ISSN 1470-3947 (print) | ISSN 1479-6848 (online)

Endocrine Abstracts (2019) 63 P841 | DOI: 10.1530/endoabs.63.P841

Malignant paraganglioma of the urinary bladder-diagnosis and management - a case report

Aleksandra Gilis-Januszewska, Ewelina Rzepka, Katarzyna Paczkowska, Agata Bryk, Joanna Walczyk, Karolina Morawiec-Sławek, Jacek Pantofliński, Anna Sowa-Staszczak, Marta Opalińska, Dorota Pach & Alicja Hubalewska-Dydejczyk

Endocrinology Clinic, University Hospital, Collegium Medicum, Jagiellonian University, Cracow, Poland.

Introduction: Paragangliomas (PGL) are rare tumours of neuroendocrine origin. Those localized in urinary bladder account for 10% of all PGL. They arises from chromaffin tissue of the sympathetic nervous system that is embedded in the muscle layer of the bladder wall. Approximately 10% of urinary bladder paragangliomas are malignant.

Case presentation: A 76-year-old female presented with a history of haematuria, hypertension, headaches and excessive sweating. A urine cytology revealed atypical cells of unknown origin. In MRI on T1- weighted imaging 5 cm lesion of urinary bladder was found. The patient was qualified to transurethral resection of bladder tumour. Due to high risk of damaging bladder wall, only endoscopic biopsy of the tumour was performed. The biopsy was consistent with a paraganglioma (positive staining for neuroendocrine neoplasm (NEN) markers without staining for keratins, Ki67 – 15–20%.) The patient was reffered to Endocrinology Department for further investigation. A 24-hour urine collection of metoxycatecholamines showed significantly elevated level of normetanephrine and 3-metoxythyramine, with metanephrine level within normal range. Alpha-blocker treatment was inititated. Computed tomography of abdomen and pelvis identified, apart from contrast-enhancing large masses of the inferior wall of the urinary bladder, suspicious, contrast-enhancing paraaortic lymph nodes and lymph nodes along right iliac vessels. 131I-MIBG SPECT/CT revealed no tracer uptake. However, 68Ga-DOTATATE PET/CT identified pathological somatostatin receptor expression lesions in urinary bladder and thoracic, abdominal and pelvic lymph nodes. Based on those results, the diagnosis of malignant, disseminated paraganglioma, was made. The patient, who refused any kind of surgery, was reffered to Peptide Receptor Radionuclide Therapy (PRRT) with 177Lu-DOTATATE.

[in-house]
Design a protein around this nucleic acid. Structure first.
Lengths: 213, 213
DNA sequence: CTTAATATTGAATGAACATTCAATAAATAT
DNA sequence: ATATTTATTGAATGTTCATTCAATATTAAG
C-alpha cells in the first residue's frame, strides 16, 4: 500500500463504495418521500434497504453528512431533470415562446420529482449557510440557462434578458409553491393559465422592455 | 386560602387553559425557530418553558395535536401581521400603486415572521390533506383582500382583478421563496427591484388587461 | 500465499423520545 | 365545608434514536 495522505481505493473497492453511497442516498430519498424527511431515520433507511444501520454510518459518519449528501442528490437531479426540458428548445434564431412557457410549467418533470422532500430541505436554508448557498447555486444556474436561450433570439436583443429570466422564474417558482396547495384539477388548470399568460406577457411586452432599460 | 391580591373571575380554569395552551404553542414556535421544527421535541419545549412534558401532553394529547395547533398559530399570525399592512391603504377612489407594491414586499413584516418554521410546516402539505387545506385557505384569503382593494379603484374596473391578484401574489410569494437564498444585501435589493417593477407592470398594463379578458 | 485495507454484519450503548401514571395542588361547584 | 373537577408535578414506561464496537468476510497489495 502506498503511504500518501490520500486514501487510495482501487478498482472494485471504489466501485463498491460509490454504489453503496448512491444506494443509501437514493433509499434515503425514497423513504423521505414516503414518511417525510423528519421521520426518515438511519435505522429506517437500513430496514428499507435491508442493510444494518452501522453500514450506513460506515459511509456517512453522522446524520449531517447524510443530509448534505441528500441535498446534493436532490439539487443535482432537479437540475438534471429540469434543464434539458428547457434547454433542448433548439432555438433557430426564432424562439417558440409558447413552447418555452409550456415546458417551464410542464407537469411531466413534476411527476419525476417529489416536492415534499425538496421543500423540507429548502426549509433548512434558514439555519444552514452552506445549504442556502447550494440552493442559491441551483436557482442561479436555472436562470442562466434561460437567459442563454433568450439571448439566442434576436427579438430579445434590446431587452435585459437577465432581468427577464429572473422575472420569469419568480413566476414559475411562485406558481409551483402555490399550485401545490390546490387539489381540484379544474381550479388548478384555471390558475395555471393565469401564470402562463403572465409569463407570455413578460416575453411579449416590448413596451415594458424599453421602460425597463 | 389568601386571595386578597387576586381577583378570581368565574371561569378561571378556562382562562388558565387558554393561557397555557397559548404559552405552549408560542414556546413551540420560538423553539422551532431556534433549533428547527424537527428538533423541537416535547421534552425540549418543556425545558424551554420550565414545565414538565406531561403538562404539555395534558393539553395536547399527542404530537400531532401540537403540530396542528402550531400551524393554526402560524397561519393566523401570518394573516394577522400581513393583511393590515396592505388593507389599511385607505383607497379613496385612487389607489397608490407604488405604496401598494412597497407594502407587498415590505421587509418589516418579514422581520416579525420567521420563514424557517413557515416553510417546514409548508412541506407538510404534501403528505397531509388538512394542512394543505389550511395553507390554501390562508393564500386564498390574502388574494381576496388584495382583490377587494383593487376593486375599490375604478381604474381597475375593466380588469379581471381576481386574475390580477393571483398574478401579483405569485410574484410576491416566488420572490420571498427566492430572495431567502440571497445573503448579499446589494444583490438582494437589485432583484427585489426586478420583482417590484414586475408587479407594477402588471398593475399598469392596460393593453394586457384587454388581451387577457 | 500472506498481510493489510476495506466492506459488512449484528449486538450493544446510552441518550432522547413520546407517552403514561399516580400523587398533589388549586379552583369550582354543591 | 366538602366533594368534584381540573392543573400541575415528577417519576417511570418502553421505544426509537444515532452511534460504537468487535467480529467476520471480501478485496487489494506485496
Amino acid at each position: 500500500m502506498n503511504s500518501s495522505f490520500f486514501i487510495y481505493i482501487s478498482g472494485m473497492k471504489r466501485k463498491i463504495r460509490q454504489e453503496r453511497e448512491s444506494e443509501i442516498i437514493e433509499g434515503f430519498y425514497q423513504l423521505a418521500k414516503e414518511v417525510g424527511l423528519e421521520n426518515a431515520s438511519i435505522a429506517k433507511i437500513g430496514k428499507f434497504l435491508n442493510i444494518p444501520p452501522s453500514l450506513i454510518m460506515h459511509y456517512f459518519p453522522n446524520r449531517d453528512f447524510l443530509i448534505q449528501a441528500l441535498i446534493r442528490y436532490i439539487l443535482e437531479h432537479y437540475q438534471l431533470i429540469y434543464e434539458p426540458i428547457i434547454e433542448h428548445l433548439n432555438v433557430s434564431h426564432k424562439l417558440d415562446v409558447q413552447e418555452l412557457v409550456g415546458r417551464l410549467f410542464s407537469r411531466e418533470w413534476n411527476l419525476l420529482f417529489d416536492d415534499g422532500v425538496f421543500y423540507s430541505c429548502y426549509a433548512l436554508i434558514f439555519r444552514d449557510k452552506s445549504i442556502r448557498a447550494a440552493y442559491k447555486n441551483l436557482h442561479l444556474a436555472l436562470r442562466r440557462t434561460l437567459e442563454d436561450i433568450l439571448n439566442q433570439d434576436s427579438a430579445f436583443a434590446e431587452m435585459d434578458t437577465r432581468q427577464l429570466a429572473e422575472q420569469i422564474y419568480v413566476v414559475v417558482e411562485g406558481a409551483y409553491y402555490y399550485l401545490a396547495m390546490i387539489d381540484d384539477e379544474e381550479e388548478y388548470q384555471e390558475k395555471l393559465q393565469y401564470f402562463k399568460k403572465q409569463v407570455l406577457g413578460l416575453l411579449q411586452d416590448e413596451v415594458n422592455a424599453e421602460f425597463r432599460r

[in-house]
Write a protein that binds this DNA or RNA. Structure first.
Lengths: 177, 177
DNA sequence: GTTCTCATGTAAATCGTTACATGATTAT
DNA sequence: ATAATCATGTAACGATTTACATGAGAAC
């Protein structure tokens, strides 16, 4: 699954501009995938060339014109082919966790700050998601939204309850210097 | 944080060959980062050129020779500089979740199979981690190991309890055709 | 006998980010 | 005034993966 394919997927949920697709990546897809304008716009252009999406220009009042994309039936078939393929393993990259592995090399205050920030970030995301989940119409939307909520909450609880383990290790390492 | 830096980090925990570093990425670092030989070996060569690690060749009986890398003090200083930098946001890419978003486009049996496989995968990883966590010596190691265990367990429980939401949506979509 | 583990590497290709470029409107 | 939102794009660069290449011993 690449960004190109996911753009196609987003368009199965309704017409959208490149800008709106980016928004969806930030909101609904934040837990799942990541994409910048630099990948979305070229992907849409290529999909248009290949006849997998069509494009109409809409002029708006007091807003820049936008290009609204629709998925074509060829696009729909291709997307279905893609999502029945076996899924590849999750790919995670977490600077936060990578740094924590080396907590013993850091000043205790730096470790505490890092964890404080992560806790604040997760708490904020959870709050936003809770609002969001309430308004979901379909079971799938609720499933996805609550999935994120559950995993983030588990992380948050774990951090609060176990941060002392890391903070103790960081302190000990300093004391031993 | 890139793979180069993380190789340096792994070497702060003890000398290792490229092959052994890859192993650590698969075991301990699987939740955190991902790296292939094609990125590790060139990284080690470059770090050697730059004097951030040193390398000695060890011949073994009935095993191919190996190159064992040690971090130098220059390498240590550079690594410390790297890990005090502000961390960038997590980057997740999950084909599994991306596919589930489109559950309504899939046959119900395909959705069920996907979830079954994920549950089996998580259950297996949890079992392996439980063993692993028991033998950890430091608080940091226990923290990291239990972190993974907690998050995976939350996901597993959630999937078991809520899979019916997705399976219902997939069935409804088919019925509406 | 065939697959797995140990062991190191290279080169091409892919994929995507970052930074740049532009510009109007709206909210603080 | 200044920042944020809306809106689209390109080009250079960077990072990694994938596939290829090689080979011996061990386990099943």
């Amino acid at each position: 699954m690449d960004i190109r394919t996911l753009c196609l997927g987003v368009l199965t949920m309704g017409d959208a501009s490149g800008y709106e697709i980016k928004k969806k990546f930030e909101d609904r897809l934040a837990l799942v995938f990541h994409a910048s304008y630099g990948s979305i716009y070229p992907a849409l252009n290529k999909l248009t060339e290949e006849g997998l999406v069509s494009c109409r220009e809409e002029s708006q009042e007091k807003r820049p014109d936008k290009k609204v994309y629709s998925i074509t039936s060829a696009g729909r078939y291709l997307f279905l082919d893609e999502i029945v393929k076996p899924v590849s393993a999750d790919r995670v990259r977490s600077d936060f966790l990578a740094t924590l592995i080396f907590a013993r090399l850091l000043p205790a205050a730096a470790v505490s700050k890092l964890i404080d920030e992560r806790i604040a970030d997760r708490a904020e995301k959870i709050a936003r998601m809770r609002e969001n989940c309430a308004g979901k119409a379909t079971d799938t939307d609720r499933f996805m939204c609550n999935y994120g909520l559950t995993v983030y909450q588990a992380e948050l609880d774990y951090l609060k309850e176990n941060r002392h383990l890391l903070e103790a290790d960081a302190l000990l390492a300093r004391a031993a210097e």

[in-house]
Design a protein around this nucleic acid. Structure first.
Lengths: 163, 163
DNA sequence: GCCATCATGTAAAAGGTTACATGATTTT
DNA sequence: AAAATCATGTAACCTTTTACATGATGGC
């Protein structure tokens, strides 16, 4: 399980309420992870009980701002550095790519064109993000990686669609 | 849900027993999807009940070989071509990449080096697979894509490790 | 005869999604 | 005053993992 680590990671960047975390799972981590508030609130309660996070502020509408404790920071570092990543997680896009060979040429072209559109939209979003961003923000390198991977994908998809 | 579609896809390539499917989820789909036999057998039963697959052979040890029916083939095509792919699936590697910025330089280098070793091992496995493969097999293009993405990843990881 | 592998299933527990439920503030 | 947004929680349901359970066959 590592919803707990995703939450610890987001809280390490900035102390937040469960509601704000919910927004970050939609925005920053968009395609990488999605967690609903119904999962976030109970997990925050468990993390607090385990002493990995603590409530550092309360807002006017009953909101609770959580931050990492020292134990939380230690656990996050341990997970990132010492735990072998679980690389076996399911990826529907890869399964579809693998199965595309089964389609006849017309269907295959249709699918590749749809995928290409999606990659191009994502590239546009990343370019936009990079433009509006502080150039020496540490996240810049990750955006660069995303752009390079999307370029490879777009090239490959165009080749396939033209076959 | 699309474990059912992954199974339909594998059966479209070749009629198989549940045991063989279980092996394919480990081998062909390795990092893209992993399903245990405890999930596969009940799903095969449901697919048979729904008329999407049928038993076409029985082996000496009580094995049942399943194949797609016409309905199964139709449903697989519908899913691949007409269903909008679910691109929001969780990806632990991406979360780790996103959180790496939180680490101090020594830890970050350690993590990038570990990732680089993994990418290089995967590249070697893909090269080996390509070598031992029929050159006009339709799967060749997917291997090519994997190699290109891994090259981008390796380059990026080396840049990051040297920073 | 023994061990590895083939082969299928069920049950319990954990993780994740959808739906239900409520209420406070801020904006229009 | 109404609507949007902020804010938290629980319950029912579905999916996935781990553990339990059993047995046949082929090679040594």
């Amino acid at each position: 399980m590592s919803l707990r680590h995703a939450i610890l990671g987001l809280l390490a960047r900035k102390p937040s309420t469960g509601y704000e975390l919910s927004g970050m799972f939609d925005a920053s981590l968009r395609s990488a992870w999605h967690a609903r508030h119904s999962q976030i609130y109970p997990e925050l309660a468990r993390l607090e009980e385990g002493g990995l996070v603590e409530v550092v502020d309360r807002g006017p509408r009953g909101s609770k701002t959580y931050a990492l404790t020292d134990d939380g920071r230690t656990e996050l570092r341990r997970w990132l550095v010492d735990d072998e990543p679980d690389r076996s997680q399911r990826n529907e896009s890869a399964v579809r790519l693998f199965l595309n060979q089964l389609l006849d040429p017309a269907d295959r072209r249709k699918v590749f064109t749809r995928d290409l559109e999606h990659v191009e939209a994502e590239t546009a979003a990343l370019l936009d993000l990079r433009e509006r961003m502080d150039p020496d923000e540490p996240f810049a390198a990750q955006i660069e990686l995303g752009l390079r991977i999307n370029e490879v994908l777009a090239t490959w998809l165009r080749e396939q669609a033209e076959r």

Conclusion: Urinary bladder paraganglioma should be suspected in patitents complaining about hematuria, with accompanying hypertension and headaches. Unrevealed hormonal activity of paragangliomas, without alpha-blockage, can retard proper surgery because of severe hypertension and jeopardize patient’s safety due to possible catecholamin crisis. The diagnosis of PGL requires biochemical assessment to determine the catecholamine production. Histopathologically, the lack of keratin expression in a presumed NEN should raise the suspicion of PGL. Histopathological distinction between PGL and NEN is very important because of the ability to express somatostatin receptor 2 (SSR 2) presented by paragangliomas, which can lead to misdiagnosis - when it is based on somatostatin receptor scintigraphy. Contrarily, this ability can be very useful in diagnosis and treatment of metastatic paraganglioma by the use of 68Ga-DOTATATE PET/CT and PRRT.